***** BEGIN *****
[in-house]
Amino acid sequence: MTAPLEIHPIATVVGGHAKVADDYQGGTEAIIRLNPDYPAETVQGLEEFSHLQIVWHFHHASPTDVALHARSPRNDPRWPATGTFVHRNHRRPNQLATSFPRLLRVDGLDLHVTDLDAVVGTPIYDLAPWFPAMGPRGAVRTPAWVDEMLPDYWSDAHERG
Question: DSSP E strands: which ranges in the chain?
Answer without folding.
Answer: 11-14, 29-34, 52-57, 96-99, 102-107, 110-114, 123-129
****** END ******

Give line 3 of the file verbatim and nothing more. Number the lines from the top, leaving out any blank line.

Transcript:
Question: DSSP E strands: which ranges in the chain?